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Circus Copenhagen

It's crunch time. Crunch time for the planet, its over six billion people, the carbon-spewing rich and the soil-tilling poor; crunch time for rain forests, glaciers, polar caps; crunch time for the fish in the sea and the critters on land; crunch time even for little teddy bears left stuck in sun-burnt mud.

How things have changed. Over 110 leaders told us so at the COP15 conference on climate change in Copenhagen. But listen closer and there are significant differences in perspective. Listen closer still and other aspects emerge, possibly dwarfing the current scenery. But first some background information.

An idea, if based on observations of the real, is created by cognitive processes that are grounded and contain formally described content. Its adherents communicate on a similar level of complexity and are able to share the information because their semantics are situated within a common framework.

Once that idea propagates away from its source it becomes subject to the modification, re-interpretation, and re-processing generated by others, that is those who did not assemble it in the first place. At that point agendas from different directions, emotions from differing contexts, and references from other sources begin to assert their influence. Depending on the contextual distance between the source and the newcomers that original idea morphs into something else - still relatable to the origin but now reflecting the owners of such influences.

In Copenhagen we witnessed the results of climate change theories having been transposed into the thicket of political agendas. The 194-nation summit produced suspicion from developing countries, aggressive demands from climate change activists, and vague relief from rich nations that the entire exercise had not collapsed altogether.

Let's put that another way. Demographics of low complexity with dysfunctional political and organisational structures prompted their representatives to safeguard the existing flows of funds that have come their way over the past few decades and are the props that allowed them to survive against the odds. Any initiative, especially one that rests on an agitation of global proportions, is translated into reasons for additional outside finance because that's how it has worked so far.

Demographics defined by their newly-found common ground shunted together from feelings of guilt about being rich, alienation from high-complexity life styles, and obsession with victimhood on a grand scale, see the suggested effects of climate change as the reason par excellence to justify their existence.

Industrialised nations, their political leaders the end result of the democratic processes that churned through the cumulative make-up of their constituencies, need to play the role they had been elected for. They speak on behalf of high-complexity societies which, through their sheer capacity across the spectrum of societal strata, produced the original ideas underpinning the debate and are also the source of the money that led to the dependency of donor recipients.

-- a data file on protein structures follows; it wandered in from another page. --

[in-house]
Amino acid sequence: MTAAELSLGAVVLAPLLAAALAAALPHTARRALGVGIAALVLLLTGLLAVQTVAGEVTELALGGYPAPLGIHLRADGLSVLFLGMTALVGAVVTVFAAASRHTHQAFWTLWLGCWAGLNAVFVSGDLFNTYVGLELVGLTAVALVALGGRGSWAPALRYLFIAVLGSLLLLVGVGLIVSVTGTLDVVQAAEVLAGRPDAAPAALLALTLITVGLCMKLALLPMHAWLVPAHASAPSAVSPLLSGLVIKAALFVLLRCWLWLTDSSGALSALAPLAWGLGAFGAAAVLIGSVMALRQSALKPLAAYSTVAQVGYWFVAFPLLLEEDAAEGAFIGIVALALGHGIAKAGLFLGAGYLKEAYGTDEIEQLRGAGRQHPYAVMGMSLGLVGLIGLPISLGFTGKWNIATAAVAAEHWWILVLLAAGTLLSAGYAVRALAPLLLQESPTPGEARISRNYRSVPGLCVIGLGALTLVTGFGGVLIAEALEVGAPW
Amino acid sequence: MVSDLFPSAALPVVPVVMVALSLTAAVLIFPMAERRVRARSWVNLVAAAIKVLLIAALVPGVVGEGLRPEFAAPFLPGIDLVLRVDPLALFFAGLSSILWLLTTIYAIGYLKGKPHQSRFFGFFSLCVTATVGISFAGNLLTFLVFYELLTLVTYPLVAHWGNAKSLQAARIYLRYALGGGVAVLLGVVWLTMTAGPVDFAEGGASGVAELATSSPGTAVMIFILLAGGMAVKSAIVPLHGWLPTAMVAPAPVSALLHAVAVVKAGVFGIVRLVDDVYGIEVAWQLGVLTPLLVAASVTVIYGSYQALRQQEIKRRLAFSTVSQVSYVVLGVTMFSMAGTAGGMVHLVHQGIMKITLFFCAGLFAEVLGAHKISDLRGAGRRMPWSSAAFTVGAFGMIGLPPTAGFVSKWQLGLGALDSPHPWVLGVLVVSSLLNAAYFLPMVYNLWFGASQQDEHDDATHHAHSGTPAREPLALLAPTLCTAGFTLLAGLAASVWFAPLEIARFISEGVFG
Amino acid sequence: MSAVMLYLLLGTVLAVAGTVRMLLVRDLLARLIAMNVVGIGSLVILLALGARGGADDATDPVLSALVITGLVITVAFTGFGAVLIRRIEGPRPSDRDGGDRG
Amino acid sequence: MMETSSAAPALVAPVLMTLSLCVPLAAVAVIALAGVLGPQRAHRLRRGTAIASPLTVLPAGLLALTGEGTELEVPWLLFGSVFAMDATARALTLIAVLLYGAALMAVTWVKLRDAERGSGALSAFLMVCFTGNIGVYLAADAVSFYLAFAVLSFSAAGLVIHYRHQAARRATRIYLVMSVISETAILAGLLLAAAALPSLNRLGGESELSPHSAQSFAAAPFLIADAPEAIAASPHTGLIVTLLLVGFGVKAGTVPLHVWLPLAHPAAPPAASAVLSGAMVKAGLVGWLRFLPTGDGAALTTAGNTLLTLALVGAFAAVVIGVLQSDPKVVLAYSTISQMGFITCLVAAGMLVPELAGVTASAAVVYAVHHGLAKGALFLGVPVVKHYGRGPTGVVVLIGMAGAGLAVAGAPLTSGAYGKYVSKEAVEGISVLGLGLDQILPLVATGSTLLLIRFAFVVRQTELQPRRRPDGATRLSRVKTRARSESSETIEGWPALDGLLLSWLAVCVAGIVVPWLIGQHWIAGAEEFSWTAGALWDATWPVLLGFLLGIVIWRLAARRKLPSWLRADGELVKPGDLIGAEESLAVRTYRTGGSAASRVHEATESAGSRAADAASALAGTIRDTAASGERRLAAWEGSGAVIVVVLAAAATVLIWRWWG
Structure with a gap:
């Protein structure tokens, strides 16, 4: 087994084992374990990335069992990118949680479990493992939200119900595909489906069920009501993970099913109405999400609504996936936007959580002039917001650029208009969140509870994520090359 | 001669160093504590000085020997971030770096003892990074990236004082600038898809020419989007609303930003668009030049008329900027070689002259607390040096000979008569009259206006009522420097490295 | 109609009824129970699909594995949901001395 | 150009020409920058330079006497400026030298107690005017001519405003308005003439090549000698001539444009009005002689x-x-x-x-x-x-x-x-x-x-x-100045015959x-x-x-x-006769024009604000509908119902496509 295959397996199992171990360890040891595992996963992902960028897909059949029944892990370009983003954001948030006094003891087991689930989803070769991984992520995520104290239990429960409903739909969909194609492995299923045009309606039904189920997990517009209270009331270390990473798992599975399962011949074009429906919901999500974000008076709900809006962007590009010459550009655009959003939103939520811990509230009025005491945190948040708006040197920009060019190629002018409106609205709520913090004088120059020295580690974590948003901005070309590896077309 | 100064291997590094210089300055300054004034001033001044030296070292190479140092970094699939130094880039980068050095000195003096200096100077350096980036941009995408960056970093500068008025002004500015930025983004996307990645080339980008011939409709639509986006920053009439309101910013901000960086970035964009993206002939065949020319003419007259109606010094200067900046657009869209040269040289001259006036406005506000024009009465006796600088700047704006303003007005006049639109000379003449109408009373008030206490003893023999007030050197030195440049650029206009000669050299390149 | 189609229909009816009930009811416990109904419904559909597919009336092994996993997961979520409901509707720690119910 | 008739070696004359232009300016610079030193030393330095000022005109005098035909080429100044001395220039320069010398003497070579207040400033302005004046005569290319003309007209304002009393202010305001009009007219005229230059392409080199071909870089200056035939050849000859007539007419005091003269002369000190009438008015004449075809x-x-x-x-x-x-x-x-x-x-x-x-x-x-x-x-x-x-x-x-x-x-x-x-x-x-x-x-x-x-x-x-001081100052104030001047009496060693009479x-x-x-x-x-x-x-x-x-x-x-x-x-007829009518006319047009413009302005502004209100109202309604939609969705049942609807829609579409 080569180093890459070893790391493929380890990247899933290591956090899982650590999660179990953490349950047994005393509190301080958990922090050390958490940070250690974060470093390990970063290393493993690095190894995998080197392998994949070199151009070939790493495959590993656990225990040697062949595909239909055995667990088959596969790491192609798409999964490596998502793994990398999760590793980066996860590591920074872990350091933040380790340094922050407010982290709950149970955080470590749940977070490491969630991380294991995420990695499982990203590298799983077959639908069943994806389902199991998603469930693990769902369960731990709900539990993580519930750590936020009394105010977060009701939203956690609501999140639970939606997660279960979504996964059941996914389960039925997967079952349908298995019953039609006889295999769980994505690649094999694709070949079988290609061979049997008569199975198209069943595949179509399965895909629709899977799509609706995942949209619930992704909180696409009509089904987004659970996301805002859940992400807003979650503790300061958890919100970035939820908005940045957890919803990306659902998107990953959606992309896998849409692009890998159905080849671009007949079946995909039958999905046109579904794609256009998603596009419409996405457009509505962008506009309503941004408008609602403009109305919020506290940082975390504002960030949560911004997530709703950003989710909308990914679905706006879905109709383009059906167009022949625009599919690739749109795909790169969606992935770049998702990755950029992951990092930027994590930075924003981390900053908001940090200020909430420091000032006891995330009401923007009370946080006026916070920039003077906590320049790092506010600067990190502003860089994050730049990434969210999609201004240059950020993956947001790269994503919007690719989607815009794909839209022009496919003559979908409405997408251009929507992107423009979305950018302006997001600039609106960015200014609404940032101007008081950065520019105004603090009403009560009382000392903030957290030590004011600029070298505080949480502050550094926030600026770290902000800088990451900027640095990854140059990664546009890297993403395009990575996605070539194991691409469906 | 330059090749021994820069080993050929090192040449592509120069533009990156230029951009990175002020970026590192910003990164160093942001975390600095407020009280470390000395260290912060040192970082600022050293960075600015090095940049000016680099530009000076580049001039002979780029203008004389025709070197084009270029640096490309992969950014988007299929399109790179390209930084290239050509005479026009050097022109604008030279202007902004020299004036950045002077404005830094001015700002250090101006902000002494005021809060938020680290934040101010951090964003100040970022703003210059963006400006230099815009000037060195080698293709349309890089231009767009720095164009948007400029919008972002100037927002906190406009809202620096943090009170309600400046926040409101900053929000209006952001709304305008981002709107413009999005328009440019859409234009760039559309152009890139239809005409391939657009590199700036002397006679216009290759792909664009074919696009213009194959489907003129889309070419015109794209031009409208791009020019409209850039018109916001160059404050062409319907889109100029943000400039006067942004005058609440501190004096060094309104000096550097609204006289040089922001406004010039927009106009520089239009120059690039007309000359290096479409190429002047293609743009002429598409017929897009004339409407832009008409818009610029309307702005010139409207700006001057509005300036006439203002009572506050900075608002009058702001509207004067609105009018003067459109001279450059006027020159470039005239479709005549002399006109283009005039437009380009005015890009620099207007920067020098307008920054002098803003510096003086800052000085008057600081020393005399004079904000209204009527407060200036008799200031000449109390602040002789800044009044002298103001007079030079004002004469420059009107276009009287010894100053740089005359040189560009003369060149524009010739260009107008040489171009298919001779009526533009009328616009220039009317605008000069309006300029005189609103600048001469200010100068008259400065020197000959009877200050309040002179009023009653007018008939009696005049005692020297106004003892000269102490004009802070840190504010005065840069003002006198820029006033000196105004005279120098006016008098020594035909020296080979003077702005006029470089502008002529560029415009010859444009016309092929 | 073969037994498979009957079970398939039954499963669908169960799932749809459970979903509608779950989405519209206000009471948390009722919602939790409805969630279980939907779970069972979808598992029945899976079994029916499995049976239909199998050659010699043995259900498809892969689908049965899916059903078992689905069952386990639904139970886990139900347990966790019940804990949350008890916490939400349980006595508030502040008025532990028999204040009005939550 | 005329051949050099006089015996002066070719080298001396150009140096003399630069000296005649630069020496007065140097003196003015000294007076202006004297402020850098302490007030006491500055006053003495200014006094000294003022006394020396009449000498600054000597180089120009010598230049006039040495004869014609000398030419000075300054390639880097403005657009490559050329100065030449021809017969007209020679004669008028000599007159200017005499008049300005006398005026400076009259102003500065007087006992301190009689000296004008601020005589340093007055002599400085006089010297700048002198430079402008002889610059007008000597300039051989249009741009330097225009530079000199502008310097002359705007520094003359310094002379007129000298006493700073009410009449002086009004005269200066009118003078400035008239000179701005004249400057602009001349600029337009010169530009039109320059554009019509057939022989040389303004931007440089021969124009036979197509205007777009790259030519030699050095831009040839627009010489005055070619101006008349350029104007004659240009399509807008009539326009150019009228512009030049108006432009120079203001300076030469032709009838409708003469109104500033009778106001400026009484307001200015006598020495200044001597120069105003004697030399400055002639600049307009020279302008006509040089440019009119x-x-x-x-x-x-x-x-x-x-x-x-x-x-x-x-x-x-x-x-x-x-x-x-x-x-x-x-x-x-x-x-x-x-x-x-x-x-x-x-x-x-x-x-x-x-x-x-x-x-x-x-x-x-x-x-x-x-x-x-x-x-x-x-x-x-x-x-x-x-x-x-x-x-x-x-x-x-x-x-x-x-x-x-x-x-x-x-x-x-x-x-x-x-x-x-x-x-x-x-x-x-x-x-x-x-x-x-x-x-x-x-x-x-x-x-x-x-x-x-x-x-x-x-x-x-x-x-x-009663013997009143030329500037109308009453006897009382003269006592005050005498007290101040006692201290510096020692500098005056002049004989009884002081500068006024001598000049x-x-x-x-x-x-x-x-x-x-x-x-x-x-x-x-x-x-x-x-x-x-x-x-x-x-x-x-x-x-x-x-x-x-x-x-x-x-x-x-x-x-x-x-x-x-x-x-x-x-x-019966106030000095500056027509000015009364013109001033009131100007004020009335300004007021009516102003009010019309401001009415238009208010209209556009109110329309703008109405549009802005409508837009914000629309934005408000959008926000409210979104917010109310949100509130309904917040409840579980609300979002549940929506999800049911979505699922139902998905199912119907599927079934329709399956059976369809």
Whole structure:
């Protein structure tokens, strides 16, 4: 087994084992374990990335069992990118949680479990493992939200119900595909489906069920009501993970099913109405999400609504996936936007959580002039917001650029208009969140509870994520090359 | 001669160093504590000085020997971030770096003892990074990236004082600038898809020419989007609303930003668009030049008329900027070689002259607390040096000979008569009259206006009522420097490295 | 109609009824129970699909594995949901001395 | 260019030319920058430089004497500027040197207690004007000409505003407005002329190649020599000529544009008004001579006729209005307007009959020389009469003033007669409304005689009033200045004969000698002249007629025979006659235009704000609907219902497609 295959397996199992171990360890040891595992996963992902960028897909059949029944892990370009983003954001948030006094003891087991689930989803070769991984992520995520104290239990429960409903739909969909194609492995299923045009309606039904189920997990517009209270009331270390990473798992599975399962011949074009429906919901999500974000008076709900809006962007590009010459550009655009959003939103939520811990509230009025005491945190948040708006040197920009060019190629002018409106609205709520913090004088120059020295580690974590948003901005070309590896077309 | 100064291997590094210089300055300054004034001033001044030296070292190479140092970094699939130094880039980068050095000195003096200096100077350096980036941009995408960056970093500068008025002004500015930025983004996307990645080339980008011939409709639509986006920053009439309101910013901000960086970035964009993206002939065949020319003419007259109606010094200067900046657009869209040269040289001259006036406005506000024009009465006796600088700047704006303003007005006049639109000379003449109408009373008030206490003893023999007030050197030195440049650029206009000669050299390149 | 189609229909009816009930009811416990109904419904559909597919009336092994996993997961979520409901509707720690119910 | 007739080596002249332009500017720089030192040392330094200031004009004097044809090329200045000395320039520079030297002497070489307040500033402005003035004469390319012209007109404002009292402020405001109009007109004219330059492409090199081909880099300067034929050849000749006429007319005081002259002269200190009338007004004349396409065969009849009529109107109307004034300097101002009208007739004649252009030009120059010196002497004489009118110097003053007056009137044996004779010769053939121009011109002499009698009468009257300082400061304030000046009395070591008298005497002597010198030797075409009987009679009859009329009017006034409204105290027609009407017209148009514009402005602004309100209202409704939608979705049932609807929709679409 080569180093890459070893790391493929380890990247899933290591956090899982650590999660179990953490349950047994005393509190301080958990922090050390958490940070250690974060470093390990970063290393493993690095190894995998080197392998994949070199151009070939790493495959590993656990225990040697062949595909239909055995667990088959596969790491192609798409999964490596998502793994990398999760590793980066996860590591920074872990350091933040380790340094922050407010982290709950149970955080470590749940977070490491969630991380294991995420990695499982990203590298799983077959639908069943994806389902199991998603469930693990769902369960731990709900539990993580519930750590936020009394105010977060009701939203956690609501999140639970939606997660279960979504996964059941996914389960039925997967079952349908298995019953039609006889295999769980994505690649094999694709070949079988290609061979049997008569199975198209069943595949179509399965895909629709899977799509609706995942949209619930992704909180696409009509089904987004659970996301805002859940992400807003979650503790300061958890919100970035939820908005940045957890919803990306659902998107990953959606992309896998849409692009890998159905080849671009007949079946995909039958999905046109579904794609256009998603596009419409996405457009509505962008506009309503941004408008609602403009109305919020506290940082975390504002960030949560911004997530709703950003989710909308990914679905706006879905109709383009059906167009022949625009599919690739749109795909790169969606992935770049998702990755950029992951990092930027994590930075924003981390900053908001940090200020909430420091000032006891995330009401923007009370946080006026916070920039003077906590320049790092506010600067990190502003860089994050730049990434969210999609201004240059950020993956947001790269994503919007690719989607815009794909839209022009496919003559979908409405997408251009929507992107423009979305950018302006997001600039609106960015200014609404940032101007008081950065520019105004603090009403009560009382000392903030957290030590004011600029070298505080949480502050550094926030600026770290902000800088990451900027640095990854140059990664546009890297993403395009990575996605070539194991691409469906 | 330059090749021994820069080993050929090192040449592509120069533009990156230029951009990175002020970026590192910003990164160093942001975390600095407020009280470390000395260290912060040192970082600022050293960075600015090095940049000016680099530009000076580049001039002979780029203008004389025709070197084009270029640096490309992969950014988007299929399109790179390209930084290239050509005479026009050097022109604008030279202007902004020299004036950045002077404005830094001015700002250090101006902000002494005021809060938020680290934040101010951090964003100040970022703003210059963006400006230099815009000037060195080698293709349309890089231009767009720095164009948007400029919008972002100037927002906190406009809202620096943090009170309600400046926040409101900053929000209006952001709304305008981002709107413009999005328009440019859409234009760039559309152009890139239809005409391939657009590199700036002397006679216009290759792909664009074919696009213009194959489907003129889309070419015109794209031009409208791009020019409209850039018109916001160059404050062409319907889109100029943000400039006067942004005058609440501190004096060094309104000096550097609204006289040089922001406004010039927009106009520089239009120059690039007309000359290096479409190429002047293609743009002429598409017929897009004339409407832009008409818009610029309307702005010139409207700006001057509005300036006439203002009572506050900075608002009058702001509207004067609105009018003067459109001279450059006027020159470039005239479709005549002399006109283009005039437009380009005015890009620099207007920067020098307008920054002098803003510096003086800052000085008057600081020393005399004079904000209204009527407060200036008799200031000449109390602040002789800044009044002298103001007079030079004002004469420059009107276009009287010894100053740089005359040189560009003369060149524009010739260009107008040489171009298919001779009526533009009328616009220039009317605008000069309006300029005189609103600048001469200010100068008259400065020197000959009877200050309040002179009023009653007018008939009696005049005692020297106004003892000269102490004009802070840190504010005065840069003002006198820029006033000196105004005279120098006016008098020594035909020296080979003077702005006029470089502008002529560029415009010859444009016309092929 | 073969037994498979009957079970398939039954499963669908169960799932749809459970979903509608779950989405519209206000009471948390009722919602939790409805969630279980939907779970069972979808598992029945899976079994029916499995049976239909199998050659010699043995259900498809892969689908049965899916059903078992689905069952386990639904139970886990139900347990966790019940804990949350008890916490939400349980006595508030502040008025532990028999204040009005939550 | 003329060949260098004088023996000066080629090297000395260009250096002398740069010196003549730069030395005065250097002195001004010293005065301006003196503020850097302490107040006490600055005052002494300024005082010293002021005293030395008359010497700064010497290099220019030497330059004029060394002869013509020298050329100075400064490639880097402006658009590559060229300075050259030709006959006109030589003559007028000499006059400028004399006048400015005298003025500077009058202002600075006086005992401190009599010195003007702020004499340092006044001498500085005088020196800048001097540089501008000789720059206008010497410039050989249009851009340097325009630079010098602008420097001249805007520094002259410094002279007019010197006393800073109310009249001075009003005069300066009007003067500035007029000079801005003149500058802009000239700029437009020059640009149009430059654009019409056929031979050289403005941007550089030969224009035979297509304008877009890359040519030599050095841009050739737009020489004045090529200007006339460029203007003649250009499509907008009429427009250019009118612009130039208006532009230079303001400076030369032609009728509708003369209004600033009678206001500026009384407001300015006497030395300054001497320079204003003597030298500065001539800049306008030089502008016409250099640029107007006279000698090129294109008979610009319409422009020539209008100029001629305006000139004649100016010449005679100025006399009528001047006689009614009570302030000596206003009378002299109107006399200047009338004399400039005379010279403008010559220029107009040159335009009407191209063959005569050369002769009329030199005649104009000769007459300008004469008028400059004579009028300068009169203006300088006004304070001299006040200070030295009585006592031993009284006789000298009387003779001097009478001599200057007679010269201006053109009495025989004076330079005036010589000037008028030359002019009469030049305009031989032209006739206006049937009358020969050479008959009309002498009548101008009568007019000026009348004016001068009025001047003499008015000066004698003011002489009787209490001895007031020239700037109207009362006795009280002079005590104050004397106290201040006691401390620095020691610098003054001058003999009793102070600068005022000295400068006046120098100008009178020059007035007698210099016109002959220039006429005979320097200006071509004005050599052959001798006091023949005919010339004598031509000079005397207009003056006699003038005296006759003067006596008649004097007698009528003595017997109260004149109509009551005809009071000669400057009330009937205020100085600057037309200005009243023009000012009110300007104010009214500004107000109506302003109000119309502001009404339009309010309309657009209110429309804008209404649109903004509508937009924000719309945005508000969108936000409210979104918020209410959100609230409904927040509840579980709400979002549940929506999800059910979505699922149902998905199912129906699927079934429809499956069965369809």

Just what kind of money we are talking about can be gleaned from the following two graphs, the first showing the Gross Domestic Product (GDP) of the G7 nations (the US, Germany, UK, France, Japan, Italy and Canada), and the other the official development assistance (ODA) from the G7, over the years 2004 to 2008 (they have grown into the G8 of course, but those data were not comparable).

G7 GDP stats

G7 ODA stats

Two main points can be made. One, over that time a total of USD 365,867.32 million has been provided. It was made possible through economies that produced a combined GDP of USD 134,640,400.00 million, based on the same industry and technology that has been roundly condemned at the conference for "killing" the people of developing countries.

Two, ODA figures do not follow the GDP. Other influences determine how much aid is given, therefore ODAs are subjected to considerations other than sheer wealth. What these are depends on local and international factors, and the resources needed for a response to climate change would certainly be one of them.

At Copenhagen "100 billion dollars" were promised overall for poor nations, with the US wanting to contribute 3.6 billion for the 2010-2012 period, Japan promised a total of 11 billion dollars and the EU 10.6 billion. It can be assumed the amounts refer to global warming initiatives and are in addition to what is paid 'naturally' already.

With such figures being thrown around is it too cynical to suggest that the main reason for the angry behaviour of Third World delegates is the attempt to fight it out for a maximum chunk of that money?

Also in the news was the plight of island nations who are increasingly worried about rising sea water levels. Damage there is being done right now so their concerns are justified. Let's focus on three countries that were mentioned, the Maldives, Fiji and Tuvalu.

Between the years 2002 and 2008 the Maldives received a total of USD 124,180,000 in development assistance, Fiji received USD 252,540,000 and Tuvalu USD 64,160,000. Their respective population figures (as of 2006) are 349,100, 893,400 and 11,640.